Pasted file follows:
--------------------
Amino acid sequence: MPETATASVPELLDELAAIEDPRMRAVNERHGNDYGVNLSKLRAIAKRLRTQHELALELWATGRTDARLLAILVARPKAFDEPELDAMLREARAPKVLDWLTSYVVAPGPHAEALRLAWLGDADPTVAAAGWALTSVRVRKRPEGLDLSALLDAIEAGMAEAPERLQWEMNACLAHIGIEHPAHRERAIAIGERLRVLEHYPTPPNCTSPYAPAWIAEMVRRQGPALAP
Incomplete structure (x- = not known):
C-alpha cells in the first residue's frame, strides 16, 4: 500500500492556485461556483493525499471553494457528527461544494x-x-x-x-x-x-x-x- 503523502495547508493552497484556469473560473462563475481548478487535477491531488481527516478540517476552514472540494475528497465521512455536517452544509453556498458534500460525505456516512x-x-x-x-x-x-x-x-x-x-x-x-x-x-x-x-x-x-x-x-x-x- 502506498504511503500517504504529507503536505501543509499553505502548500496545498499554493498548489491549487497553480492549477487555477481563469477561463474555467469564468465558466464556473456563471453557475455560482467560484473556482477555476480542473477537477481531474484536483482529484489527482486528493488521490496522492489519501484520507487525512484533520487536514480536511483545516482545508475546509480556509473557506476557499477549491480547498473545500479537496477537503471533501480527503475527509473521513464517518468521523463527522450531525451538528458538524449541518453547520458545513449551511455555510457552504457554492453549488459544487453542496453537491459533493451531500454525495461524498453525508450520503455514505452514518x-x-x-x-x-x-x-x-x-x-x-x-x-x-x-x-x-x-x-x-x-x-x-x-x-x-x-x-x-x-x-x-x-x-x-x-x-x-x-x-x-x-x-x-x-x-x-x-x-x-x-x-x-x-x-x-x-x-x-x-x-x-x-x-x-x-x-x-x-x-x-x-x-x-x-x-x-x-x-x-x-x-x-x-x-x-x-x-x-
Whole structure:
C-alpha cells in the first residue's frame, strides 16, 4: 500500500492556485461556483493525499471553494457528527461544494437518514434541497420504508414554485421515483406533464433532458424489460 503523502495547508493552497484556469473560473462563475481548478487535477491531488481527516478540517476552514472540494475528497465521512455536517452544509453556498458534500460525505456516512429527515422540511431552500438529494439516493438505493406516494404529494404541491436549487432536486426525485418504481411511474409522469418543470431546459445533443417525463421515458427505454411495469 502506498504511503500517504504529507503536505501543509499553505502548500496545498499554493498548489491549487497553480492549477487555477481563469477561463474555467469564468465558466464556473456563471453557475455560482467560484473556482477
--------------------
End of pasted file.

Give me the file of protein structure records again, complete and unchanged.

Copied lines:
Amino acid sequence: MPETATASVPELLDELAAIEDPRMRAVNERHGNDYGVNLSKLRAIAKRLRTQHELALELWATGRTDARLLAILVARPKAFDEPELDAMLREARAPKVLDWLTSYVVAPGPHAEALRLAWLGDADPTVAAAGWALTSVRVRKRPEGLDLSALLDAIEAGMAEAPERLQWEMNACLAHIGIEHPAHRERAIAIGERLRVLEHYPTPPNCTSPYAPAWIAEMVRRQGPALAP
Incomplete structure (x- = not known):
C-alpha cells in the first residue's frame, strides 16, 4: 500500500492556485461556483493525499471553494457528527461544494x-x-x-x-x-x-x-x- 503523502495547508493552497484556469473560473462563475481548478487535477491531488481527516478540517476552514472540494475528497465521512455536517452544509453556498458534500460525505456516512x-x-x-x-x-x-x-x-x-x-x-x-x-x-x-x-x-x-x-x-x-x- 502506498504511503500517504504529507503536505501543509499553505502548500496545498499554493498548489491549487497553480492549477487555477481563469477561463474555467469564468465558466464556473456563471453557475455560482467560484473556482477555476480542473477537477481531474484536483482529484489527482486528493488521490496522492489519501484520507487525512484533520487536514480536511483545516482545508475546509480556509473557506476557499477549491480547498473545500479537496477537503471533501480527503475527509473521513464517518468521523463527522450531525451538528458538524449541518453547520458545513449551511455555510457552504457554492453549488459544487453542496453537491459533493451531500454525495461524498453525508450520503455514505452514518x-x-x-x-x-x-x-x-x-x-x-x-x-x-x-x-x-x-x-x-x-x-x-x-x-x-x-x-x-x-x-x-x-x-x-x-x-x-x-x-x-x-x-x-x-x-x-x-x-x-x-x-x-x-x-x-x-x-x-x-x-x-x-x-x-x-x-x-x-x-x-x-x-x-x-x-x-x-x-x-x-x-x-x-x-x-x-x-x-
Whole structure:
C-alpha cells in the first residue's frame, strides 16, 4: 500500500492556485461556483493525499471553494457528527461544494437518514434541497420504508414554485421515483406533464433532458424489460 503523502495547508493552497484556469473560473462563475481548478487535477491531488481527516478540517476552514472540494475528497465521512455536517452544509453556498458534500460525505456516512429527515422540511431552500438529494439516493438505493406516494404529494404541491436549487432536486426525485418504481411511474409522469418543470431546459445533443417525463421515458427505454411495469 502506498504511503500517504504529507503536505501543509499553505502548500496545498499554493498548489491549487497553480492549477487555477481563469477561463474555467469564468465558466464556473456563471453557475455560482467560484473556482477